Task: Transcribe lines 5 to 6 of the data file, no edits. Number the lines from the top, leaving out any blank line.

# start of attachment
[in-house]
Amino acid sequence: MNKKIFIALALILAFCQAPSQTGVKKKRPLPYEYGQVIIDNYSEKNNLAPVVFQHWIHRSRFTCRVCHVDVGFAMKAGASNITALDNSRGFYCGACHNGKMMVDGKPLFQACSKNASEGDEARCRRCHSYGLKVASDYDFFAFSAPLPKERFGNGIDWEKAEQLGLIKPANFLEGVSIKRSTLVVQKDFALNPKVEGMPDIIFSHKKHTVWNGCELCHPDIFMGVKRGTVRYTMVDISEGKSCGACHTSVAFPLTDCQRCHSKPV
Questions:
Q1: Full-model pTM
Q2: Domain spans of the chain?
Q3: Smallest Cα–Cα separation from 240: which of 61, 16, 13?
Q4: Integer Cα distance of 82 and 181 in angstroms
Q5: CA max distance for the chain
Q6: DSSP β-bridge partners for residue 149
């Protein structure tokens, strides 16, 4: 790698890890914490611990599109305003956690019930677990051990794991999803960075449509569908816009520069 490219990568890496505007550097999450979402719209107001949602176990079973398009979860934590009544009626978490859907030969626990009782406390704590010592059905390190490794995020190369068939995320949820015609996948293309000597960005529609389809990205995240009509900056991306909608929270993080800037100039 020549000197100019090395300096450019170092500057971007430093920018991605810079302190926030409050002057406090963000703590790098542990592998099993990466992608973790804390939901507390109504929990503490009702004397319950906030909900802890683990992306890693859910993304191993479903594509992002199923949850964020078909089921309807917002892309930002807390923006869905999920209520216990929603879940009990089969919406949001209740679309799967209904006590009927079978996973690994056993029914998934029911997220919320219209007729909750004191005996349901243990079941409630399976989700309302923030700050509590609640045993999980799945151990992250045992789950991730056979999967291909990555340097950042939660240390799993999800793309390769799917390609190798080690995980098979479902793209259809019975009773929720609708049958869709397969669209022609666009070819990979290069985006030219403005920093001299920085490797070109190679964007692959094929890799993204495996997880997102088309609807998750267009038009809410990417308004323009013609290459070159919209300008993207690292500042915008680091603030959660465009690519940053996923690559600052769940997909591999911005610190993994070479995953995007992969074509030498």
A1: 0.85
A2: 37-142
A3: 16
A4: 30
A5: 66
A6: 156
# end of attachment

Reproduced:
Q2: Domain spans of the chain?
Q3: Smallest Cα–Cα separation from 240: which of 61, 16, 13?